tween tho Governor-Genera I and his
staff. The Cuban commanders in car?
riage* and on horseback then Withdrew,
Among them were Generals Mayla Rod?
riguez, General Julio Rangully, general
Rafael Fortuendo, General Mail Me
nocai, General B. Ducasse and Gener?
als Freyo, Andrado, Abellno, Bosar, Ar
mando and Unas.
The crowd nearby cried "Viva Cuba
Libre," Viva Aguinaldo," "Viva Fili?
pinos" atnl "Down with tho Yankees."
Tho artillery caisson with the casket
then started and some Suban officers
on foot attempted to net in line be?
tween General Brooke and his staff but
were crowded out by the horsemen, who
<?'. ised up on the carriages. Ten blocks
away in Central park a party of Cu?
ban soldiers on foot formed on either
side of the street, and when the casket
reached the point at which they were
standing, they feil In ai d inarched on
either side or the caisson. No one in?
terfered with them, but after inarching
a mile they dropped out so as not to be
present at the- cemetery.
Tlie Cubans assert that General
j Uro.iUe wished to put them in the rear
of tho cavalry escort, but this is not
the ease. As the place assigned for the
Cubans was not occupied, however, the
cavalry escort of tlie Governor General
closed up behind the staff.
Withdrew From Marcln'n Futteral.
(By Telegraph to Virglnla-Pllot.)
Havana. Feb. 11.?The. Cuban Gen?
erals and so! liers who were to take
part in the funeral procession of Gen?
eral Garcia, withdrew to-day because
they were not allowed to march be?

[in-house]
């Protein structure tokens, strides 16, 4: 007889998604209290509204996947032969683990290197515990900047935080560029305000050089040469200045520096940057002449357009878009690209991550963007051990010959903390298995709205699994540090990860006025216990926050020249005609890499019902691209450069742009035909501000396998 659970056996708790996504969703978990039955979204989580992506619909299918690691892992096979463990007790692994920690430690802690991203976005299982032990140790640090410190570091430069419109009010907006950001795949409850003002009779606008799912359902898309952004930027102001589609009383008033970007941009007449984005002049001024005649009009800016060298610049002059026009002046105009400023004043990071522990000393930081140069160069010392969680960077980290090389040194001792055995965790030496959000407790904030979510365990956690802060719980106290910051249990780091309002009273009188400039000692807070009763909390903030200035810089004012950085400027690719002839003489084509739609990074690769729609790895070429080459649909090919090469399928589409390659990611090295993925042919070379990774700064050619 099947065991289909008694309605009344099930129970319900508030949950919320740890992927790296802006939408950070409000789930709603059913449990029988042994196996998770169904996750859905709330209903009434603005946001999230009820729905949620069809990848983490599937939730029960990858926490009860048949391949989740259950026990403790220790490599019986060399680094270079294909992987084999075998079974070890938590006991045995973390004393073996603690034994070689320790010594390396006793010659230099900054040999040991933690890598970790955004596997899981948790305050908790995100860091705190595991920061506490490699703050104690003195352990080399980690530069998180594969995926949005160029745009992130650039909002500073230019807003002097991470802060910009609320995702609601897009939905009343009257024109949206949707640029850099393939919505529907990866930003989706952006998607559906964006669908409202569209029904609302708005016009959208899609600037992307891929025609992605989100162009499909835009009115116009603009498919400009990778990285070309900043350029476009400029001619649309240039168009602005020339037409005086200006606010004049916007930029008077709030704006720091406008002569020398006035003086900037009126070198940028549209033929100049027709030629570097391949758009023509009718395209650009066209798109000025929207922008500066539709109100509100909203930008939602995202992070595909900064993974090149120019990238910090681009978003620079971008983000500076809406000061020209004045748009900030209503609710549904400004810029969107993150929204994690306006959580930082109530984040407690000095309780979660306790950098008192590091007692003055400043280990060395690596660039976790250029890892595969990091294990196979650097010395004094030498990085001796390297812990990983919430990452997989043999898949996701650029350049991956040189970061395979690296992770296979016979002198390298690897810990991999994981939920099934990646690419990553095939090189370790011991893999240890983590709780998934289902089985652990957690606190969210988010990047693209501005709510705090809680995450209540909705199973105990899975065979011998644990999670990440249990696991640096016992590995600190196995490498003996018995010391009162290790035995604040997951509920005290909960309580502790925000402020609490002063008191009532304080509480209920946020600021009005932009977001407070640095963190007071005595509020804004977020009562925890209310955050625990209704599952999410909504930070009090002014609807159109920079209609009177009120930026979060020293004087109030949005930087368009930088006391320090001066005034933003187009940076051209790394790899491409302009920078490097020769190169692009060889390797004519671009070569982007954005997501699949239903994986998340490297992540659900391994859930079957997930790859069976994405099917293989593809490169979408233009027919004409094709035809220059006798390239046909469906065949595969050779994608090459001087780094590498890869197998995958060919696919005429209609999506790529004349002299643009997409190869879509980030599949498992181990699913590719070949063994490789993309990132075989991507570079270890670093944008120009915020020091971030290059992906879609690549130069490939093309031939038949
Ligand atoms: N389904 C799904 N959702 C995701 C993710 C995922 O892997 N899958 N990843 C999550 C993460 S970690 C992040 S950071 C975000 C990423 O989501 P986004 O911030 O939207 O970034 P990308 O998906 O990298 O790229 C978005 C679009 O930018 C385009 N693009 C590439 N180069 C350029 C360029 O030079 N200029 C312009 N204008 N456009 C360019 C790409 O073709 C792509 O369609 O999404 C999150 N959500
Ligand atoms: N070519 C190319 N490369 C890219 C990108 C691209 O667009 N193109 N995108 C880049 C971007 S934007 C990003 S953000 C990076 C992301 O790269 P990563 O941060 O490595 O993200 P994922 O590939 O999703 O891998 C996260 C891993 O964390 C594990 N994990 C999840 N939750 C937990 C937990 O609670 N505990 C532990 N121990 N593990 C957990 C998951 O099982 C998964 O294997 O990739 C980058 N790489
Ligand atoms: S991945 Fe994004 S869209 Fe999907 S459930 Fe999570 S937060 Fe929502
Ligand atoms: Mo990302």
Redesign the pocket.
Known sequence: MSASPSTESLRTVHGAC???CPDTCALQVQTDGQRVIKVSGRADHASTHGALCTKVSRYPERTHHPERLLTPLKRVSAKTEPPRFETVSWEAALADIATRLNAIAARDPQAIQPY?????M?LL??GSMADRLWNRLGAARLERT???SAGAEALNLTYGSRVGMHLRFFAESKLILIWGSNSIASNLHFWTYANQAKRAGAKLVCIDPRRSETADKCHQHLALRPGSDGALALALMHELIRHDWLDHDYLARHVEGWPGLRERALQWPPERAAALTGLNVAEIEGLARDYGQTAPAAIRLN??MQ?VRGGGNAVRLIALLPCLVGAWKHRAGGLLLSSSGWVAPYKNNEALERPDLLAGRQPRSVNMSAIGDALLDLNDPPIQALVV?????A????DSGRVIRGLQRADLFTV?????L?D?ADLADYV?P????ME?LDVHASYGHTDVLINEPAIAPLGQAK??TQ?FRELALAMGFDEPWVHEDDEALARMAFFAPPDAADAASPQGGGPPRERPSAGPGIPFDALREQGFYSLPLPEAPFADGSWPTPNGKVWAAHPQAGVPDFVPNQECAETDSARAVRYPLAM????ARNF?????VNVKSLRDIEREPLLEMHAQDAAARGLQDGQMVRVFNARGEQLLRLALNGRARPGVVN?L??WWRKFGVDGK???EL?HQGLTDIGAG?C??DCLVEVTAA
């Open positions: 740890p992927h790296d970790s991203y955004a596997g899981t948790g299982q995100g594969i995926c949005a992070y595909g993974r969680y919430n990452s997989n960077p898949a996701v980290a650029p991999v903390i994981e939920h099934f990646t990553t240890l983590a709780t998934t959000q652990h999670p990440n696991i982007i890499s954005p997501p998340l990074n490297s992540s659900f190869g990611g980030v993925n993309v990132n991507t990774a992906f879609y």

tween Governor General Brooke and his
The incident has caused intense feel?
ing among the Cubans, who. It is said,
will probably appeal to the President.
jThe Estimates For Fortifications
More Tltnn Forly?fottr millions For
the Nary?Secretary Latin** itcc
outltiotldfltloti? RTntlawetl - Wltnt
the .No. (oil. Vied Mill Oct.
(By Telegraph to Virginia-P.lot.)
Washington. Feb. 11.-The fortifica?
tion appropriation bill wa.s completed
to-day by the House Committee on
It carries Jl.71t.T9S, as against esti?
mates made for this purpose of $12,151,
asa. The bill carries out the general
policy of past Congresses In strength?
ening the sea coast fortifications.
As explanatory of the heavy reduc?
tion from the estimates, tho report
tshows the extent of the emergency
work accomplished during the recent
war period, and says It carries out the
recommendation of the Bndlcott board.
FOR THE NAVY.
Washington, Feb. 11.?The naval ap
proprlatlon bill is practically completed
save in sonic minor details, and all its
essential features were made known
to-day. It appropriates a total of $44,
158,603, divided under the following
main hea ls:
General establishment .113,236,440
Bureau of Navigation . 505,125
Bureau of Ordnance . 3,143,134